IVCA: You wrote last August in Deal Magazine of the need for having a 'tool kit' for strategies in investment for middle market portfolios. What do you find is the most common tool a PE firm can bring a portfolio company during a restructuring?
RO: We’ve been investing in lower middle market companies for over twenty years and will be doing so for years to come. During that time we’ve learned that companies in this size range have a number of areas where you can commonly find value. The great thing about the companies that we invest in is that you can make a big impact on these companies through some very targeted and straightforward initiatives.
We were extremely focused on cash optimization during the downturn as the most important thing to do to make sure you control your own destiny in a tough environment. One example that stands out in particular is a targeted working capital reduction program implemented at one of our manufactured products companies. We generated cash through real improvements in the cash conversion cycle that led to the company reducing their senior debt balance by over one third! Success became an addiction for the management team. Wins like this are what make my job really fun.
IVCA: What approach does an investment team use for wary management teams to put them at ease in initial meetings for plans described above?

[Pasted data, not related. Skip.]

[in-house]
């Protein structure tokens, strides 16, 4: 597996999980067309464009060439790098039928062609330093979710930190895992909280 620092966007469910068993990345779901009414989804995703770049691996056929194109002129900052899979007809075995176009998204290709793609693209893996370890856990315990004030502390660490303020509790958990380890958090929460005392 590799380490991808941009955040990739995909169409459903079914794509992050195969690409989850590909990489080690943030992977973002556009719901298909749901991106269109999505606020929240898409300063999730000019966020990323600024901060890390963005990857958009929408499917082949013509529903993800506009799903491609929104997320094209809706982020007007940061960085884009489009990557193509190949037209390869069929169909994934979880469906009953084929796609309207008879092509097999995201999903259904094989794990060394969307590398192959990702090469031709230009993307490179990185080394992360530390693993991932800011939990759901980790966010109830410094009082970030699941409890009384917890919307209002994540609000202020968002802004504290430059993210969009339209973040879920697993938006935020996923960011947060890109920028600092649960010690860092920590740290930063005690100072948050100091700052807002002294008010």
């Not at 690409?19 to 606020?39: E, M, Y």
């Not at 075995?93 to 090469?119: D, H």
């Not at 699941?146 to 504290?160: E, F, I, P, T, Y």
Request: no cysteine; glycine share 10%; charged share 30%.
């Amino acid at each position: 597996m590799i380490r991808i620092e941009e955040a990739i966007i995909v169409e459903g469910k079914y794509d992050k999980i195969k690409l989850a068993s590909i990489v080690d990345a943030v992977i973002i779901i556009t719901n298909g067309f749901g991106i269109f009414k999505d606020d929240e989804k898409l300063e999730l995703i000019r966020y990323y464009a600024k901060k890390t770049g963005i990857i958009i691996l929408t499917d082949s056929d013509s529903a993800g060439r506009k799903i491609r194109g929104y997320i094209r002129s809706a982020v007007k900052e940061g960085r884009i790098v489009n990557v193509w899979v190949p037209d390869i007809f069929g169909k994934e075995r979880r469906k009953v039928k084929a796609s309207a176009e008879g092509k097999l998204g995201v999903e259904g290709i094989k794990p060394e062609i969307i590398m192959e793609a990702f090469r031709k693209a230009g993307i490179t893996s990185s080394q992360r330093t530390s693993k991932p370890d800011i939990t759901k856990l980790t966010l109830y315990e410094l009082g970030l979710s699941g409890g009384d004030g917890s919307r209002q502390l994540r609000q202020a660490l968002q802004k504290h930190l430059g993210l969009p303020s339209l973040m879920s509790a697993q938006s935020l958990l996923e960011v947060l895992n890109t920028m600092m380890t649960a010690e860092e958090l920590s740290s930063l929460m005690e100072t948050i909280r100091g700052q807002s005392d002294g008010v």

RO: You have to take a partnership approach with management teams. We want to attract and retain the very best management talent so we collaborate on all of these initiatives. If there is a compelling value proposition smart management teams will recognize the opportunity and welcome the chance to realize the benefit.
IVCA: What are the advantages of being a Midwest-based PE firm? What business characteristics do you find here and nowhere else?
RO: I certainly would not disparage other areas of the country, but as a lifelong Midwesterner, I do feel that we thrive on great core values – work ethic, integrity, ethics and teamwork. These are the things that have kept me at Baird for the past twelve years and allow us to win as a team, not individuals. Finally, dealing with a Chicago winter helps put everything in perspective.
IVCA: What part of your education focus best prepared you for your subsequent career path? What are you recommending now for potential employees in the industry that are still in college or post-grad?
RO: All of my core studies certainly laid the groundwork for my career, but learning to interact positively with different people – personalities, regions, cultures – is really one of the most important things impacting my day-to-day. I would counsel students with a real interest in the industry to make sure they really understand the industry and its dynamics, as I find there are many misconceptions, and then find a firm where the culture is one in which you will thrive.